Traditional Food of Kuala Penyu

Kuala Penyu is a small town in south-west of Sabah, and majority of the population there are Dusun Tatana, Orang Brunei, and Bisaya people. Personally I call Kuala Penyu a “quiet corner” of Sabah because it looks like an ordinary countryside of Sabah, but they do have some special food.

Ambuyat

Ambuyat is a traditional dish of the Bisaya and Orang Brunei in Kuala Penyu district, as well as a popular traditional Sabah cuisine. It is a type of starch extracted from sago palm tree.

Ambuyat with side dishes (bamboo shoot, fishes, shell (tuntul), curry)

This translucent and sticky sago paste is almost tasteless, so the locals usually eat it together with side dishes such as fishes and curry, or dip it in sour sauce or fish soup.

“Chopsticks” of Kuala Penyu

The people of Kuala Penyu use Candas, which looks like Chinese chopsticks but is thinner and made from sago leaf stalk or bamboo stick, to scoop the slimy ambuyat.

Right way to use candas

They twirl the soft ambuyat around the prongs of candas to bite-sized, and then dip it into a sour or hot sauce. That could be a fun experience if you try this food the first time.

Bisaya girls

Ambuyat is one of the staple food in Kuala Penyu. Due to its popularity, some hotels also have ambuyat on their menu, so tourists can try it out. There is a joke that says, “If you are poor, you eat ambuyat at home. If you are rich, you eat it in a hotel.” LOL

Orang Brunei people

Tinimbu Dumpling

With a population of 6,000, Dusun Tatana is a unique indigenous group which is influenced by Chinese culture, because there were groups of China merchants who traded and married the locals in Kuala Penyu more than 250 years ago. For example, they also celebrate Chinese New Year.

Tinimbu dumpling

My first impression of Tinimbu (or Tinimbuh) of Dusun Tatana is – it looks like a miniature version of Chinese dumpling, and I also wonder if they learn this from Chinese in the past. Tinimbu is made from glutinous rice and wrapped in triangular shape by pandan (or bamboo) leaves and tied with lamba vine. Unlike Chinese dumpling, Tinimbu has no filling.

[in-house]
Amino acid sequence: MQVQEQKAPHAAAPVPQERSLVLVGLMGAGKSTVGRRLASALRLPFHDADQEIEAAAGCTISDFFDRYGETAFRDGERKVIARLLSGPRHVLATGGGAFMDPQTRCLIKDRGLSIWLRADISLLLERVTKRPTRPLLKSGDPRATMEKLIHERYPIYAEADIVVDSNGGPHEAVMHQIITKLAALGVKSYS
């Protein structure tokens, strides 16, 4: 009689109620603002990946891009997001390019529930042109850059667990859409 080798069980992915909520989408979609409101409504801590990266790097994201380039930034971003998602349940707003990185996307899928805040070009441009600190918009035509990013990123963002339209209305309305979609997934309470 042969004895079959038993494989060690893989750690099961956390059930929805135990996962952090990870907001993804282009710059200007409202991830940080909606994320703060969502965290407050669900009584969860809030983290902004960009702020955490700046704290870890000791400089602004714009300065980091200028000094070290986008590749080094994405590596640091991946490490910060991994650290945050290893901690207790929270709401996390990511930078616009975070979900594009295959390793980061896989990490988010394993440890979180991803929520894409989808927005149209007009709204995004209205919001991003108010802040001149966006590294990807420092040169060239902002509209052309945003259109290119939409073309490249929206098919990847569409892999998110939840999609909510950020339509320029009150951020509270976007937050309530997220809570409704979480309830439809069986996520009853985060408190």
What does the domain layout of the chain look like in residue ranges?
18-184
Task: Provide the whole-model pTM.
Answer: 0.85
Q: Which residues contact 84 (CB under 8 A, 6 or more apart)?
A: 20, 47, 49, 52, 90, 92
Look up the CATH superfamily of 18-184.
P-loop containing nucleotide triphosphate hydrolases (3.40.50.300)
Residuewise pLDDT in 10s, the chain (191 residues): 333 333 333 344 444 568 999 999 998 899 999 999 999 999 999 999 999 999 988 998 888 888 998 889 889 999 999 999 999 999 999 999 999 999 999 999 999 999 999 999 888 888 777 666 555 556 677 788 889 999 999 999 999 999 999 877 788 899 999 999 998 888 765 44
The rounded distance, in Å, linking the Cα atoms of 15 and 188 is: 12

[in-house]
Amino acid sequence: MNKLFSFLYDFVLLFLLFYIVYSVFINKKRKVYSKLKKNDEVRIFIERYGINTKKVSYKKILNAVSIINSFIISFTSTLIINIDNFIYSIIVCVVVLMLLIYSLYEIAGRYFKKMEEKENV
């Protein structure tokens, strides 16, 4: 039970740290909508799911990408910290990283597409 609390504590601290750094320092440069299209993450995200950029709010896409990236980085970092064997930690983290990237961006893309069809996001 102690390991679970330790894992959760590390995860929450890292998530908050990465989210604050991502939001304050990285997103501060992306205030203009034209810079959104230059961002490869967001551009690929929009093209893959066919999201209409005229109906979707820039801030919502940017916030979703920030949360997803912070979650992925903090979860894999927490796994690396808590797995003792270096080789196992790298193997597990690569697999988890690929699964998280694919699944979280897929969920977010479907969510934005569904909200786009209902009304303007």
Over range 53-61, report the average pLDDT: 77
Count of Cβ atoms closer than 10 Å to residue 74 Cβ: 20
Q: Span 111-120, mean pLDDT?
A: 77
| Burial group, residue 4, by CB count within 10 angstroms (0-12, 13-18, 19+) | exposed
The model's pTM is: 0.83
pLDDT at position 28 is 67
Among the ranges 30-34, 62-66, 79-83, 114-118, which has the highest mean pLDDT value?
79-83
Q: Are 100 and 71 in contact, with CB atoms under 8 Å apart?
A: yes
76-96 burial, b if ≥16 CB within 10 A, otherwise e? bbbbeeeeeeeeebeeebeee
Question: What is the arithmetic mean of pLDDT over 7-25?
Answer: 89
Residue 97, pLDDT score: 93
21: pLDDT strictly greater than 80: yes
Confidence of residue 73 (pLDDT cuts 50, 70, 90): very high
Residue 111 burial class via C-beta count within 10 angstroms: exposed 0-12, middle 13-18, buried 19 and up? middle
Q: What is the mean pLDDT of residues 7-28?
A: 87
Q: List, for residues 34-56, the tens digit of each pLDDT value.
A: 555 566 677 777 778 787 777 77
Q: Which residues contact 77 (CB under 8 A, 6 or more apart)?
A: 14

Dusun Tatana from Kuala Penyu. Some of their ancestors may have lineage of Chinese.

Tinimbu is served during occasions such as Chinese New Year. To eat, dip it in coarse sugar and enjoy the aroma of sticky rice and pandan in each bite. I’m sure children like it.

Sago Grubs (Butod)

The last and the least appetizing food is Sago Grub (locally known as Butod), which can be eaten raw or cooked. I have tried both. The live worm tastes like coconut milk and the fried butod is like dry fish skin.

Fried Sago Grubs (Butod)

Though many Sabahans struggle with eating Butod, some people really love it because it improves hair growth, increases sex drive, and reduces obesity. These health benefits are quite powerful motivations to eat sago grub (even if it tastes bad which it doesn’t).

Dusun Tatana food on display during Harvest Festival of Sabah (Kaamatan)

There are still many Kuala Penyu food that are not introduced here. To learn and sample traditional food of Dusun Tatana, you may visit the Kuala Penyu house in KDCA Penampang during Kaamatan Grand Finale (Harvest Festival) on 30 and 31 May every year.

Traditional food of Dusun Tatana people

Or you can try these food in Kuala Penyu homestay. For more information, please contact Dr. Monih Epin (Tel: +60 19-8106786) or Ms Monica Gualin (Tel: +60 13-8517633), the operator of Borneo Kuala Penyu Homestay.

Photos taken in Kuala Penyu, Sabah, Malaysia Borneo

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